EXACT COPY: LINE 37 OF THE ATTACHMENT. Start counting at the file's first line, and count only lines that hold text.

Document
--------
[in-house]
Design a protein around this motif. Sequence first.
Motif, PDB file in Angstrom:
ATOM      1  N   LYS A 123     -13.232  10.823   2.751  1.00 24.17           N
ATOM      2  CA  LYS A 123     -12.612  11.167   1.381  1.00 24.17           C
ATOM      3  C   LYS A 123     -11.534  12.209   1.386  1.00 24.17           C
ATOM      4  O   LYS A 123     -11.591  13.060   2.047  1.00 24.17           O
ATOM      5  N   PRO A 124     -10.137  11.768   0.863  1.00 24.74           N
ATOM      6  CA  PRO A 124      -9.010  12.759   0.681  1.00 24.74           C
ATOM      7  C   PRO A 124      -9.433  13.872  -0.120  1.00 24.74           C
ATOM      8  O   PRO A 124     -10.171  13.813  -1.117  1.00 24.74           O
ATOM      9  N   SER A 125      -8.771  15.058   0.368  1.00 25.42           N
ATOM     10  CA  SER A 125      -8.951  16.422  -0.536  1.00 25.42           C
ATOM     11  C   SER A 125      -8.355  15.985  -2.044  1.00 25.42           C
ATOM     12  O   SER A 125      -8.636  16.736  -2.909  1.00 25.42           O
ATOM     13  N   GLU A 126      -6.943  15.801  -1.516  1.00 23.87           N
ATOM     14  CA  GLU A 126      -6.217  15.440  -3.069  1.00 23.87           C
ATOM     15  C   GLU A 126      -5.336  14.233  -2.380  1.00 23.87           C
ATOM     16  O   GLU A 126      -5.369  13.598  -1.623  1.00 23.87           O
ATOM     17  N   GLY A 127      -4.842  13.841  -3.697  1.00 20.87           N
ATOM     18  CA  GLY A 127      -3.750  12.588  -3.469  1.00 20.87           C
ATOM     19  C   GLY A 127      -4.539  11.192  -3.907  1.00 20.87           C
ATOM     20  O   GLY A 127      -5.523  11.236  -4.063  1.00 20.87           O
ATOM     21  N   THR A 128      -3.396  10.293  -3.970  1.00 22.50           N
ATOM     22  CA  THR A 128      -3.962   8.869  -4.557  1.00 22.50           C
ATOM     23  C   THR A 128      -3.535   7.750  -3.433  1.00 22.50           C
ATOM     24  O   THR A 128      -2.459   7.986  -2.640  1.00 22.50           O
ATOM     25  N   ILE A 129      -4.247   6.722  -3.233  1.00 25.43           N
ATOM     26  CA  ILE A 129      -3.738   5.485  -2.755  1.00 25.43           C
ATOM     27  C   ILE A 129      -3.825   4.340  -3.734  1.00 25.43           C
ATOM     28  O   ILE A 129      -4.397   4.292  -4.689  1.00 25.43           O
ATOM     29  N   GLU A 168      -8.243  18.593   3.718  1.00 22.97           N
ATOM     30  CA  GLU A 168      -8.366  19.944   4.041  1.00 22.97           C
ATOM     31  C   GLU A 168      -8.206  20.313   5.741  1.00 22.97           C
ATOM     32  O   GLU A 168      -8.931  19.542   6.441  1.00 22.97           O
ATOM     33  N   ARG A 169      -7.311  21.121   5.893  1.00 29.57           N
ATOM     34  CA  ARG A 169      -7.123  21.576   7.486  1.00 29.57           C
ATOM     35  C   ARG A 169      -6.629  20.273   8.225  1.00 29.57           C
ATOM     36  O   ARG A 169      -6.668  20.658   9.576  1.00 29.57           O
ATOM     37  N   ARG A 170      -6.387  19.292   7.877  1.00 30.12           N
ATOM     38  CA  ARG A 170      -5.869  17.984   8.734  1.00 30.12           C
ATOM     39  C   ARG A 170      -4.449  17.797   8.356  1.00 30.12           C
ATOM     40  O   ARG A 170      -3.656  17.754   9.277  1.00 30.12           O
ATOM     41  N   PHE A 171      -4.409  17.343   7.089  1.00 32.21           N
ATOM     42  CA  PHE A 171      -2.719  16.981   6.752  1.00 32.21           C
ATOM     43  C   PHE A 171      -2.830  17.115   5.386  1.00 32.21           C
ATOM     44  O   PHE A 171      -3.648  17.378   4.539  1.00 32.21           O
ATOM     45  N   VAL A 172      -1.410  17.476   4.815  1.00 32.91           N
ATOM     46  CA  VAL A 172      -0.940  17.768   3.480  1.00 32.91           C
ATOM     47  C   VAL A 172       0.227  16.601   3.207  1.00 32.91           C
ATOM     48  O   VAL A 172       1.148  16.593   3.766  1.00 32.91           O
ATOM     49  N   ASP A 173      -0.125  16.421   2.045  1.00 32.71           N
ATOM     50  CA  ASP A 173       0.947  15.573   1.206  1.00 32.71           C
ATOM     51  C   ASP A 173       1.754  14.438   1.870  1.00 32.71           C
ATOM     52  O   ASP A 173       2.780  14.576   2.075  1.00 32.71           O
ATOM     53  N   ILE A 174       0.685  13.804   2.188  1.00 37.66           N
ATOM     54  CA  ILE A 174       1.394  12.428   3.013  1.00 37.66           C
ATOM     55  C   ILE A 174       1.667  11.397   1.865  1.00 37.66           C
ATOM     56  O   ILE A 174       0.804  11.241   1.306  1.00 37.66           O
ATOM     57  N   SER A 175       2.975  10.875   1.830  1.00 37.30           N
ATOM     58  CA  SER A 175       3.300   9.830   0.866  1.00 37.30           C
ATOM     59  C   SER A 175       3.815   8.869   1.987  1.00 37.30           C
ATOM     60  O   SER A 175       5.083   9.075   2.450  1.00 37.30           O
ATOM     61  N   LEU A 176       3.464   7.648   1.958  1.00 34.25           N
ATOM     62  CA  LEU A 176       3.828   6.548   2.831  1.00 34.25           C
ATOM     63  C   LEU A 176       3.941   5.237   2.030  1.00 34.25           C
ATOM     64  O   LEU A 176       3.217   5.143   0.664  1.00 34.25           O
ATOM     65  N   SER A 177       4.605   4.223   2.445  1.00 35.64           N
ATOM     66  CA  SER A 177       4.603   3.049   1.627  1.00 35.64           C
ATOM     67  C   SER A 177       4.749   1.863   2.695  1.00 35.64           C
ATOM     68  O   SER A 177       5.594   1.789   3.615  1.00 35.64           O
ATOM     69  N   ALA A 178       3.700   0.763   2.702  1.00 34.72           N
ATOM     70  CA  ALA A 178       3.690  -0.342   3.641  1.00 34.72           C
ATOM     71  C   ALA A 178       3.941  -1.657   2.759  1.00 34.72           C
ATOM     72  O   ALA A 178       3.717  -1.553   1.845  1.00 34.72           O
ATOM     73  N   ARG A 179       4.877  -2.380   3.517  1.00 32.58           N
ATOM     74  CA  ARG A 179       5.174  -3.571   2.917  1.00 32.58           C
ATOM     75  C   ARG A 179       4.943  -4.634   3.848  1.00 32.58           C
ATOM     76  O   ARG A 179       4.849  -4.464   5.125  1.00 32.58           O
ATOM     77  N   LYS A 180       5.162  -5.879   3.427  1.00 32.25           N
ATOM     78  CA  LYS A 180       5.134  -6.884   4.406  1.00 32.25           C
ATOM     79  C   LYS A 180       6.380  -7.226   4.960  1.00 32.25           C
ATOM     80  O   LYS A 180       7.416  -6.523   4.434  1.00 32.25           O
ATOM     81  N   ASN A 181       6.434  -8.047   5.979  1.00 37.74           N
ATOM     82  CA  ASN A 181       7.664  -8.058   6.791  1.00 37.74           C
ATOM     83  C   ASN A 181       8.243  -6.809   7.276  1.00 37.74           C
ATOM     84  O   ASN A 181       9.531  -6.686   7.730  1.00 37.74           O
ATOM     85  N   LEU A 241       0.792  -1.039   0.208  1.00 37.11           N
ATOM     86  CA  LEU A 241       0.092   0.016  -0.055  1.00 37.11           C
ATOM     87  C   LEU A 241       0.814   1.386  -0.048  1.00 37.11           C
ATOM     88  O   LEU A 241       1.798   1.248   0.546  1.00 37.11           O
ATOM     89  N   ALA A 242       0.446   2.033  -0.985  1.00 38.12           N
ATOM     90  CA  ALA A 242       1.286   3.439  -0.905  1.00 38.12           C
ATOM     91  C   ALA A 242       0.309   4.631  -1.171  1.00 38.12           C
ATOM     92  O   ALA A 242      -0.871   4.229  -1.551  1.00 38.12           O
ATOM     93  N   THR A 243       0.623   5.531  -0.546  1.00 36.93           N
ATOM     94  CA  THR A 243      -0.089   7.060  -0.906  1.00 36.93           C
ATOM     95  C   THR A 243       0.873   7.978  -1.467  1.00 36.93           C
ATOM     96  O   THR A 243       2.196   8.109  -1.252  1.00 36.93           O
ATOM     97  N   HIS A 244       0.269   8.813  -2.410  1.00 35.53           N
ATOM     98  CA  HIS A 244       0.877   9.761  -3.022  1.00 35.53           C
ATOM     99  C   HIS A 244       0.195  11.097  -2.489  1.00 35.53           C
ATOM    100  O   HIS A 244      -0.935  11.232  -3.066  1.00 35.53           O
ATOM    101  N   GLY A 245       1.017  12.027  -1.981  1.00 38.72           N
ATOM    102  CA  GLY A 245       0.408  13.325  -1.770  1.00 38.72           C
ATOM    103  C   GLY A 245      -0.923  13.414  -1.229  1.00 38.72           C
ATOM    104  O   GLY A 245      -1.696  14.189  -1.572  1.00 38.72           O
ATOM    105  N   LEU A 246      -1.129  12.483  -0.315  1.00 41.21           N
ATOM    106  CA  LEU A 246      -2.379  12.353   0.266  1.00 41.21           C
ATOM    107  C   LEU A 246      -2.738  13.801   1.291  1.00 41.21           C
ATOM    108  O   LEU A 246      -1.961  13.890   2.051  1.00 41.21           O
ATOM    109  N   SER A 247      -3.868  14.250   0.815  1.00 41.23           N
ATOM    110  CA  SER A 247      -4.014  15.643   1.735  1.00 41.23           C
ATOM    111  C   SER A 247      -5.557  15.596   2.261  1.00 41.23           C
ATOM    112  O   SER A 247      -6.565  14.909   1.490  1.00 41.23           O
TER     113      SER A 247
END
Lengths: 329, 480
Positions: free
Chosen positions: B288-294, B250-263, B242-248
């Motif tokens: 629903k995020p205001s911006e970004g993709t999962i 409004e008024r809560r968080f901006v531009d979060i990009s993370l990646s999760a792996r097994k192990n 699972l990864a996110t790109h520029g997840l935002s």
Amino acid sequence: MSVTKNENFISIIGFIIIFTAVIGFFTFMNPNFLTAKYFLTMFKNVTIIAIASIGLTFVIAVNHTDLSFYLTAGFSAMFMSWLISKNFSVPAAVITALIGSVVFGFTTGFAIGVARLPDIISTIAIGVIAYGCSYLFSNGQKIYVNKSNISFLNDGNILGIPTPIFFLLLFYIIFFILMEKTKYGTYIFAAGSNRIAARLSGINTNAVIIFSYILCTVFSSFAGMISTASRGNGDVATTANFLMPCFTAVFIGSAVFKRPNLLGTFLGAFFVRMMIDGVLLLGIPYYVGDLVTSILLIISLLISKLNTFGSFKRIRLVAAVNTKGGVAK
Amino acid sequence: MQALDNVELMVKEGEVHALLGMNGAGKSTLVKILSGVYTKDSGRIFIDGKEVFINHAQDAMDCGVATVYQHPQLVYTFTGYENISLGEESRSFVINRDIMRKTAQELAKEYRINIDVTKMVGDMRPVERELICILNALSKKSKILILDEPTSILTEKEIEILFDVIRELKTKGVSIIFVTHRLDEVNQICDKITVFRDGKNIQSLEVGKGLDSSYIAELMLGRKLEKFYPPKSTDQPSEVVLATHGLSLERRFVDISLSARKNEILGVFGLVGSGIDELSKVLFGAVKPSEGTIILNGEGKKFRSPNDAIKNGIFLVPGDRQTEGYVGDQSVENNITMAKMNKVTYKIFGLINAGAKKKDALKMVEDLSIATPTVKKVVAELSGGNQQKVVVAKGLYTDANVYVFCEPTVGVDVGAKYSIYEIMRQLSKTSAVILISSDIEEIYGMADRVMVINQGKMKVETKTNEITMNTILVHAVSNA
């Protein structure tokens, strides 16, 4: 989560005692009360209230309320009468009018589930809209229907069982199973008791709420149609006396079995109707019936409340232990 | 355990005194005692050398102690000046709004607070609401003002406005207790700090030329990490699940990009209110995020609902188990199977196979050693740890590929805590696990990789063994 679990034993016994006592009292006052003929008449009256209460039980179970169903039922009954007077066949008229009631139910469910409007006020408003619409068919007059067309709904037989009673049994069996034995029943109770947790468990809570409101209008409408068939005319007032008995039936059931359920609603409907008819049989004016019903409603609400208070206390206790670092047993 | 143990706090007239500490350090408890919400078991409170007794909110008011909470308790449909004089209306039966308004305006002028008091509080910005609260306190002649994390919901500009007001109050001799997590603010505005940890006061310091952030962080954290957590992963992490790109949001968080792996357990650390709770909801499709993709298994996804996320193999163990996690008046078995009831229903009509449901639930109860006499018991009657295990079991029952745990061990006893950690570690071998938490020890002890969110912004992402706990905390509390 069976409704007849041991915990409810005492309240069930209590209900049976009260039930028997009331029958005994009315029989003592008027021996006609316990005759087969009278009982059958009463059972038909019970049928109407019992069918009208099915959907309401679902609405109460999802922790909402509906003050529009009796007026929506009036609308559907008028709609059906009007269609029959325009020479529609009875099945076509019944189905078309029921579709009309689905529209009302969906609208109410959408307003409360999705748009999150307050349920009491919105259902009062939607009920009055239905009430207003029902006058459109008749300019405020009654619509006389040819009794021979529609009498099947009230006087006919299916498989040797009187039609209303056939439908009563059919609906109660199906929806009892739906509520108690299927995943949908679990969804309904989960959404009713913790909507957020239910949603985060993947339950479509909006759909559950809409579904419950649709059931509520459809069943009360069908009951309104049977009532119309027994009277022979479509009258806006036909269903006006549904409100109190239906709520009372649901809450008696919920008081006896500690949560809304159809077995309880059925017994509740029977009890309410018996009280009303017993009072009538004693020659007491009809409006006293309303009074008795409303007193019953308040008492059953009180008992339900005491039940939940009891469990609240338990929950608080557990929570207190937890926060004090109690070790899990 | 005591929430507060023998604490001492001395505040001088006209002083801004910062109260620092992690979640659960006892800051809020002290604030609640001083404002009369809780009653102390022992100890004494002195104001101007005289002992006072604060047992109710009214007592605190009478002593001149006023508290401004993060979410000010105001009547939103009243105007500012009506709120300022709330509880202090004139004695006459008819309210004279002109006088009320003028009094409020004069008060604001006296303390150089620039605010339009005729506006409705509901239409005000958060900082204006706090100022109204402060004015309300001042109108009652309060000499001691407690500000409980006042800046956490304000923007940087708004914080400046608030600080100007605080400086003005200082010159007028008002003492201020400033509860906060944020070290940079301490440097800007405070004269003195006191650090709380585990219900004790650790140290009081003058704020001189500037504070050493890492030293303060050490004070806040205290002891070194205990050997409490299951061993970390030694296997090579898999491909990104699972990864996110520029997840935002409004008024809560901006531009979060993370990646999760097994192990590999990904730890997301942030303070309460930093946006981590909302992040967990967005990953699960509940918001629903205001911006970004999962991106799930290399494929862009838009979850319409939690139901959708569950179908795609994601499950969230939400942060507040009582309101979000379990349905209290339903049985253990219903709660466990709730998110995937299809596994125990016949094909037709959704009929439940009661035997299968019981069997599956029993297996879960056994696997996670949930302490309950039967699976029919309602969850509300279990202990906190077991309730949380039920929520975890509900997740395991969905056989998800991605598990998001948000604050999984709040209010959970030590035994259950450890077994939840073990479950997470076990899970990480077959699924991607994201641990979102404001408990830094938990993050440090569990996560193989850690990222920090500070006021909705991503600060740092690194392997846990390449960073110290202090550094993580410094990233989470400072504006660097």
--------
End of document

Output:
ATOM     34  CA  ARG A 169      -7.123  21.576   7.486  1.00 29.57           C